Excerpt: 'Lessons for Dylan'

In 1968 I did a story for the Los Angeles Times Sunday Magazine on Mickey Mouse's 40th Birthday. I interviewed Ward Kimball, one of Disney's "nine old men," one of the original animators on Snow White. He created Jiminy Cricket, among other things.

"You can recognize my house," he told me when he gave me driving directions. "There's a railroad car out in front."

I was expecting a cast-iron caboose with geraniums growing out of it, a two-foot tall planter behind a white picket fence. It was a full sized railroad car. He also had two working steam engines in the back. A mile of track. And a guesthouse filled with toy Mickeys and Plutos and The Goof (old-time Disney people always call him "The Goof").

I took my friend Terry Gilliam who was interested in learning about animation — this was long before Monty Python — and the first thing Ward showed us was how to get a cat looped on marijuana. If you're interested you put the cat in a paper shopping bag, blow some smoke into the bag and crunch up the opening.

He told us about Walt (old-time Disney people always call him "Walt").

"He wasn't much of an artist," Kimball said. "In fact he couldn't even sign his name. Not the stylized way it was drawn on the cartoons and the comic books."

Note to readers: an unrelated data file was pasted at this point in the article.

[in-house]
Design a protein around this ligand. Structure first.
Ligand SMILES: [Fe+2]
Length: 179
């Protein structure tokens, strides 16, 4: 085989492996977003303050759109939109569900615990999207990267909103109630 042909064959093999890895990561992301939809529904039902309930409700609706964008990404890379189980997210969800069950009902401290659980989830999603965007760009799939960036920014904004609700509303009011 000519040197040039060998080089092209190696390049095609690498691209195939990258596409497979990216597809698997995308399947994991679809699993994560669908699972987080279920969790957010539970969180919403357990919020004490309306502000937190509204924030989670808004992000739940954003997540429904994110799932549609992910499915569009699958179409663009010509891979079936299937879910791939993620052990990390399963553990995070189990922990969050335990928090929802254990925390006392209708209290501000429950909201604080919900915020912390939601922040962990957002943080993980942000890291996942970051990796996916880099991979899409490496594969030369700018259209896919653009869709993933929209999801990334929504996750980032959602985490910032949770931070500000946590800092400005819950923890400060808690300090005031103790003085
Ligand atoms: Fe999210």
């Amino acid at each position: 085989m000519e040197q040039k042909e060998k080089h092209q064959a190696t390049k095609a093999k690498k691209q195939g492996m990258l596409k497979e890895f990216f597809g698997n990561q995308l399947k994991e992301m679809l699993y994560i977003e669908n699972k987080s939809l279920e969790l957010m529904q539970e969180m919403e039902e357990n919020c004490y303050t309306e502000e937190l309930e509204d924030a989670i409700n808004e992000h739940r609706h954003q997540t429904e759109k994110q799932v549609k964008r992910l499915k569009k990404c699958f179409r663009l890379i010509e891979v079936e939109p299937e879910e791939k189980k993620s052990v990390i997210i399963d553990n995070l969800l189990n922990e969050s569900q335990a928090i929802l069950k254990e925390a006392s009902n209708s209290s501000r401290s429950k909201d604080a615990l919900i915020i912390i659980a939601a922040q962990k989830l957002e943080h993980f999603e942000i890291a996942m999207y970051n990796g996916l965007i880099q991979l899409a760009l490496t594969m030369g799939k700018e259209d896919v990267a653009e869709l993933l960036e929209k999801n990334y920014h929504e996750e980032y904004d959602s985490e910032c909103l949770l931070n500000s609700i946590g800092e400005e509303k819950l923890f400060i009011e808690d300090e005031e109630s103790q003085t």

When kids would ask for his autograph, he told us, Walt would say, wait, I'll do you one better, and get a photo of him and Mickey that one of his artists had signed.

Of course I put this bit of trivia into the story, and Kimball got into all kinds of trouble for it. I don't know, but I got the feeling that if he hadn't been the guy who created Jiminy Cricket he might have gotten fired. This is the kind of family secret you just don't tell the LA Times. I ended up writing a note saying I messed up just because I felt bad and didn't want anything to happen on my account to this very nice man who'd created Jiminy Cricket.

Kimball also said that Walt's genius was as an editor and a story-teller. This is true. When they brought Snow White back for a 50th anniversary release, I saw it twice in the same day, something I've never done before or since. I just couldn't believe it was as good as I thought it was. It is. Story telling so perfect Disney cut The Soup Song, a very funny bit that's one of the add-ons on the DVD. The song is funny, a Bavarian drinking song about soup instead of beer, the animation-almost complete, everything but cleaned and colored-is even funnier, Kimball directed the animation. It got laughs, it would get laughs, the easy decision would be to finish it and keep it in. But Disney, under incredible pressure and close to bankrupt, had the courage to cut it because he knew it hurt the story.

"I remember story conferences, Walt would act out all the parts, do all the voices." Disney's secret to great story-telling? Kimball knew the exact words. "'Just when things are going well,' he told us, 'bring back the witch.'"

I had about three great months. My hair came back. Darker. My colostomy was reversed. That was nice. It took major surgery and I had to figure out a new diet and relearn muscle control and Easter Sunday at friends I ran out of my diapers and had to borrow one of Dylan's, but life was getting better. My CT-scans were clean, I was getting better.

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